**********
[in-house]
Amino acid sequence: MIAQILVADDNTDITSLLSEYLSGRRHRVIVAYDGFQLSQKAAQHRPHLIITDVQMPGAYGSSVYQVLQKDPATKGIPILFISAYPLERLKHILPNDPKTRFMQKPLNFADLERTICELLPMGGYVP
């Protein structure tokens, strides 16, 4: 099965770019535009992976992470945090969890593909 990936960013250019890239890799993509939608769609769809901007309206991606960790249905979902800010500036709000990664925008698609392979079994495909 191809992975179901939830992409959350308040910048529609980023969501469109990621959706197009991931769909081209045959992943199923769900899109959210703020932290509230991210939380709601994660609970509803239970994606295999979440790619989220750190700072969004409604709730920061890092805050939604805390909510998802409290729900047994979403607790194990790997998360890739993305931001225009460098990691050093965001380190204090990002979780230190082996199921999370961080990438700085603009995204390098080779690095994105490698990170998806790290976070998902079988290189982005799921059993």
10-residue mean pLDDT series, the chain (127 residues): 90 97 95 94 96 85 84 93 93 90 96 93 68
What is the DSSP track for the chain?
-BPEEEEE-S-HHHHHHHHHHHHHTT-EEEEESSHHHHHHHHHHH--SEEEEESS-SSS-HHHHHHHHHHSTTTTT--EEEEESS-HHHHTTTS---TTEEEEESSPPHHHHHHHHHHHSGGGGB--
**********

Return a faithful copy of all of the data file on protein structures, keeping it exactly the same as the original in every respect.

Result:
[in-house]
Amino acid sequence: MIAQILVADDNTDITSLLSEYLSGRRHRVIVAYDGFQLSQKAAQHRPHLIITDVQMPGAYGSSVYQVLQKDPATKGIPILFISAYPLERLKHILPNDPKTRFMQKPLNFADLERTICELLPMGGYVP
């Protein structure tokens, strides 16, 4: 099965770019535009992976992470945090969890593909 990936960013250019890239890799993509939608769609769809901007309206991606960790249905979902800010500036709000990664925008698609392979079994495909 191809992975179901939830992409959350308040910048529609980023969501469109990621959706197009991931769909081209045959992943199923769900899109959210703020932290509230991210939380709601994660609970509803239970994606295999979440790619989220750190700072969004409604709730920061890092805050939604805390909510998802409290729900047994979403607790194990790997998360890739993305931001225009460098990691050093965001380190204090990002979780230190082996199921999370961080990438700085603009995204390098080779690095994105490698990170998806790290976070998902079988290189982005799921059993």
10-residue mean pLDDT series, the chain (127 residues): 90 97 95 94 96 85 84 93 93 90 96 93 68
What is the DSSP track for the chain?
-BPEEEEE-S-HHHHHHHHHHHHHTT-EEEEESSHHHHHHHHHHH--SEEEEESS-SSS-HHHHHHHHHHSTTTTT--EEEEESS-HHHHTTTS---TTEEEEESSPPHHHHHHHHHHHSGGGGB--